The Wound Healing Process

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1. Wound healing process
Wound healing, a physiological response to the disruption in tissue integrity, is a dynamic and complex process imperative for maintaining homeostasis. It consists of four partially overlapping phases, which are the inflammatory, migratory, proliferative and maturation phase. Notably, this process is non-linear wherein it can advance and retract through the phases depending on various factors within the patients.
1.1 Inflammatory phase
Inflammatory phase can be further divided into hemostasis and inflammation, which is triggered immediately and continue for about two to five days succeeding injury.
1.1.1 Hemostasis
Hemostasis, the process of stopping bleeding after an injury, involves three key processes, namely
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Specifically, inflammation begins when the inflammatory cells reach the wound and generally persists for several days. Upon injury, the resident mast cells undergo degranulation and secrete chemotactic agents that induce neutrophils recruitment. Furthermore, activated platelets also release proteins that stimulate the migration and adhesion of neutrophils and monocytes. Thus, the first inflammatory cells that infiltrate the wound are the neutrophils. These neutrophils, upon infiltration, first attach to the endothelium followed by undergoing diapedesis and migrate towards the area of inflammation. Subsequently, neutrophils release cytokines, growth factors and proteases to amplify inflammation reactions, promote cell proliferation and degrade extracellular matrix as well as debris respectively. Second inflammatory cells that enter the injured tissues are the mature macrophages differentiated from the circulating monocytes. Among other functions, activated macrophages phagocytosed microbes, foreign materials, apoptotic neutrophils and dying tissues from the wound in preparation for repair. They also synthesize a multitude of pro-inflammatory mediators and cytokines to trigger and sustain inflammatory responses. Eventually, during the late-inflammatory phase, T-lymphocytes…show more content…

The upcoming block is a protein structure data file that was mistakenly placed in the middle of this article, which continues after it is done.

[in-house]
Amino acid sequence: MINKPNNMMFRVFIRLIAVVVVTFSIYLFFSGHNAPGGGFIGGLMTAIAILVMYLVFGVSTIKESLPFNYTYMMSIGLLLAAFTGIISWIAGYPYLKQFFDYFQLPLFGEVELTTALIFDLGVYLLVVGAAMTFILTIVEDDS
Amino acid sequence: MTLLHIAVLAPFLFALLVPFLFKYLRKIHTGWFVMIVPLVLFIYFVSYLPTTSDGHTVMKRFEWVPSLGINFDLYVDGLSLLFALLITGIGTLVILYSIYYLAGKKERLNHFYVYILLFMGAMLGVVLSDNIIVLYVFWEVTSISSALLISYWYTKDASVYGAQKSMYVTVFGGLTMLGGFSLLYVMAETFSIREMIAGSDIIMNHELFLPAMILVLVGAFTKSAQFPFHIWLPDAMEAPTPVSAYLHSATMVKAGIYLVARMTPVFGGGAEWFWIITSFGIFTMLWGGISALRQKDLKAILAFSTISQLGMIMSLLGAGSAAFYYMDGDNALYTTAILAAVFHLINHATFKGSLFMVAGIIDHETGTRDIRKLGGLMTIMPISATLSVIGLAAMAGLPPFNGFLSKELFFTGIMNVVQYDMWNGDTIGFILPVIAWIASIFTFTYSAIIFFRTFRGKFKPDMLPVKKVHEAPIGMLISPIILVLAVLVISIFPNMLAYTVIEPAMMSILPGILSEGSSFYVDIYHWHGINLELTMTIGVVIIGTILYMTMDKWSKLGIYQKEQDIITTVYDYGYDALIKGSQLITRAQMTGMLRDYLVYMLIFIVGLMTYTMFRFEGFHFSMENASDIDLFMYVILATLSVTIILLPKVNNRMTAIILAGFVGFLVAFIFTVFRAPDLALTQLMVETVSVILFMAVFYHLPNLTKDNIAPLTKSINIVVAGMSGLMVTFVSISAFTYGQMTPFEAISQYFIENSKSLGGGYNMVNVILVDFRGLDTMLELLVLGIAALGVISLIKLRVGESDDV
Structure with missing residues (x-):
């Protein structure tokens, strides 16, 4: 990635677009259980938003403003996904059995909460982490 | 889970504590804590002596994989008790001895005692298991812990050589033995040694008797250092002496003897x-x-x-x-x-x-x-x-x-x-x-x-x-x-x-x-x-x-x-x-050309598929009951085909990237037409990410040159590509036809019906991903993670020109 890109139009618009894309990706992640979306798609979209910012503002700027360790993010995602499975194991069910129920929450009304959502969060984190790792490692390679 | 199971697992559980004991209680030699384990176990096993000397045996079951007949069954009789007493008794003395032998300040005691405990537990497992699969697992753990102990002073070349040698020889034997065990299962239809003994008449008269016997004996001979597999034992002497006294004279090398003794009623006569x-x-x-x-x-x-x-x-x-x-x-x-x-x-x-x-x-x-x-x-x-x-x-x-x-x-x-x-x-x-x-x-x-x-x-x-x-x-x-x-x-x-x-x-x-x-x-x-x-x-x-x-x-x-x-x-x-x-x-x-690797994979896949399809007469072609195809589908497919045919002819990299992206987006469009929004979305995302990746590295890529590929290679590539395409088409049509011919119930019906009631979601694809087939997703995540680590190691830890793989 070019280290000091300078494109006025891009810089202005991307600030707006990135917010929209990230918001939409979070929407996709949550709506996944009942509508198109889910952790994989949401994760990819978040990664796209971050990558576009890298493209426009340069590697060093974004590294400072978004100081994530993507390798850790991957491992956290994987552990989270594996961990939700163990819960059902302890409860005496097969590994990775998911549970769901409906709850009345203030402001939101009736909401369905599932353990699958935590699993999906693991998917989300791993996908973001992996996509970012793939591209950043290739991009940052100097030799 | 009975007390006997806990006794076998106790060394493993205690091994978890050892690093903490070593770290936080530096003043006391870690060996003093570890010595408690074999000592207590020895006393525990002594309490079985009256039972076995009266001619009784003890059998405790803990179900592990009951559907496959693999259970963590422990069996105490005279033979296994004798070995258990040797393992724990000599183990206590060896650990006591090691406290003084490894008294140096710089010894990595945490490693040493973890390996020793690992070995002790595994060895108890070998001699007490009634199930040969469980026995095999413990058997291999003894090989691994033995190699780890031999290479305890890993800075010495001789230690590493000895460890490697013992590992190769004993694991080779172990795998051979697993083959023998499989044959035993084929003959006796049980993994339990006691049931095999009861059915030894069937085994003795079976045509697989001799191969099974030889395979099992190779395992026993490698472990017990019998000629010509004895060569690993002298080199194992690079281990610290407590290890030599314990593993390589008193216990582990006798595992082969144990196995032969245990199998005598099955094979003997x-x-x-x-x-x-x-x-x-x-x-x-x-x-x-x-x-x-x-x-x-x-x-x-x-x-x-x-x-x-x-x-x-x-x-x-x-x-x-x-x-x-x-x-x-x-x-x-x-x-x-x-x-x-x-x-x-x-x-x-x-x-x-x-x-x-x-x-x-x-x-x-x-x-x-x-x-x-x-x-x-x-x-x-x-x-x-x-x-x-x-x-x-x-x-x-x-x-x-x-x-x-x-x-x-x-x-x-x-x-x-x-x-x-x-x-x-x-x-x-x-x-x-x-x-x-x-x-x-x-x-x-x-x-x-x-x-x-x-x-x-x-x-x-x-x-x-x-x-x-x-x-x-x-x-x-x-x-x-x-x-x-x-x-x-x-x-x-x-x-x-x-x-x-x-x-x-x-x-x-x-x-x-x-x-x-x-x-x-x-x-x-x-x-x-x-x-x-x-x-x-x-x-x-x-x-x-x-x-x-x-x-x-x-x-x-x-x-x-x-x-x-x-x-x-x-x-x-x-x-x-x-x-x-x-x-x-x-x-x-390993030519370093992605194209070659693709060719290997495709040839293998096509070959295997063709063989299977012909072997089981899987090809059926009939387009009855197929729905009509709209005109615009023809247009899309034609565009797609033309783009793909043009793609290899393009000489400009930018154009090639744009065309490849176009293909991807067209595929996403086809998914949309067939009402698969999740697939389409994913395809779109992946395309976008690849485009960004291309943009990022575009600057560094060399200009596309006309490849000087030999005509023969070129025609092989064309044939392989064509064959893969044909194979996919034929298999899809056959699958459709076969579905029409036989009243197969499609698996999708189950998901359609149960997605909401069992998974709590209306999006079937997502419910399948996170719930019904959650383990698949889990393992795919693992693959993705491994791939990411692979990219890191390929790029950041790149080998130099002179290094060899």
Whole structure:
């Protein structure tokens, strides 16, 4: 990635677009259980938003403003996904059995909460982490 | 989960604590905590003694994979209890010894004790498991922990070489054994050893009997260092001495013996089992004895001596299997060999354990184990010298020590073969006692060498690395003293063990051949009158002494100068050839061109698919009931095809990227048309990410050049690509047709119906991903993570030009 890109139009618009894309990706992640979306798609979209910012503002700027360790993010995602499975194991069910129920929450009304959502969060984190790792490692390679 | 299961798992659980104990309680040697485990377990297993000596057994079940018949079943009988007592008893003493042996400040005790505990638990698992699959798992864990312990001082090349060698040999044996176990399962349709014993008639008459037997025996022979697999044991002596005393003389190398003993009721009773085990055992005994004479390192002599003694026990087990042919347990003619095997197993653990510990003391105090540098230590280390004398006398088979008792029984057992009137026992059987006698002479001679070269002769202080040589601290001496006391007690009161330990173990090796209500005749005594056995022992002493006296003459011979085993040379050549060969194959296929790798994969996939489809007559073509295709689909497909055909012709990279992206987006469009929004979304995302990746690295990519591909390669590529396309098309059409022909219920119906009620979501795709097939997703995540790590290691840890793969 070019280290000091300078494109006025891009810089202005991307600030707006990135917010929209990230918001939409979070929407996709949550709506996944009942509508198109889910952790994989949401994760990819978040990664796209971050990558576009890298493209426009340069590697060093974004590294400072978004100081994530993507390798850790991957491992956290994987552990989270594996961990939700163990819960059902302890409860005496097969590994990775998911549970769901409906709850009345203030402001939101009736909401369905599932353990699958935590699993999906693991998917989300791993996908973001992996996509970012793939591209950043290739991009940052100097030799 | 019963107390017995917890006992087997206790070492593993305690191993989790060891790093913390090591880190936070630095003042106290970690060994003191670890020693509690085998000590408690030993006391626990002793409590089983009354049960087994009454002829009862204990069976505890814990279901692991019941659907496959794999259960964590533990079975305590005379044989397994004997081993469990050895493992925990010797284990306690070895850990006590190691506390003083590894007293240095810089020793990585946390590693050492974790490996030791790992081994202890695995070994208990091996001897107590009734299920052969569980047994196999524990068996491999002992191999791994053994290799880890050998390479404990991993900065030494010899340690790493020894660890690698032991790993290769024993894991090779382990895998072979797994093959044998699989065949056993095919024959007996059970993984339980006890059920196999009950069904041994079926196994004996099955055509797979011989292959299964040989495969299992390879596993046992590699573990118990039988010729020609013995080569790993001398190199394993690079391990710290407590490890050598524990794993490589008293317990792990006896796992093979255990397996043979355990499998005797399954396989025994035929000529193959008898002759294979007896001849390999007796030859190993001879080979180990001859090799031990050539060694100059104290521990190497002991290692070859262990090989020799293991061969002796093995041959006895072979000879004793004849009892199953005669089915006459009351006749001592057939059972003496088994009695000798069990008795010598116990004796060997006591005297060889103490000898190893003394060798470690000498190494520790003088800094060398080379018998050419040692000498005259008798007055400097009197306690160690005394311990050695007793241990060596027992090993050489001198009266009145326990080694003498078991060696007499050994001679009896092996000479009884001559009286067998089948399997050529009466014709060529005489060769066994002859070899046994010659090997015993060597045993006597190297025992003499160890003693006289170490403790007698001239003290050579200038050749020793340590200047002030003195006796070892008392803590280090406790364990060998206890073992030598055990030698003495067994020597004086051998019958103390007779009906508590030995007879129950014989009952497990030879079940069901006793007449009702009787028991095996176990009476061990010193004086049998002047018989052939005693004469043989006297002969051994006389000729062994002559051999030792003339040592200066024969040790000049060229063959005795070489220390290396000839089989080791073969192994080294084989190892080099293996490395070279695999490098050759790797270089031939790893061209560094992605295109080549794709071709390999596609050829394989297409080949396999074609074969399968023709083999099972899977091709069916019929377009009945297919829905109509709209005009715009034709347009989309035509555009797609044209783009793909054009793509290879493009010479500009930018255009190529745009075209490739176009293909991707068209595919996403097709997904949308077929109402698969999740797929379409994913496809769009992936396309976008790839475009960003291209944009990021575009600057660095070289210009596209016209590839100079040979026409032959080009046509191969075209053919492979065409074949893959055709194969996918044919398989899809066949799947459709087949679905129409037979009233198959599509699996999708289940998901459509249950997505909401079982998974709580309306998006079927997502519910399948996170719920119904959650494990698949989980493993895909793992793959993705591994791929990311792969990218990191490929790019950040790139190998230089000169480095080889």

Within the first three days of wound repair, basic FGF from macrophages initiate angiogenesis and the subsequent injury–induced hypoxia stimulates the production of VEGF by epidermal cells. VEGF sustains the angiogenesis stimulus for the next four days. Next, both plasmin and collagenase works synergistically to digest basement membranes so as to allow the endothelial cells to migrate and form new blood vessels at the injured site. Once the wound is filled with new granulation tissues, angiogenesis ceases and many of the new blood vessels undergo apoptosis. On a similar note, there is continued growth of damage blood
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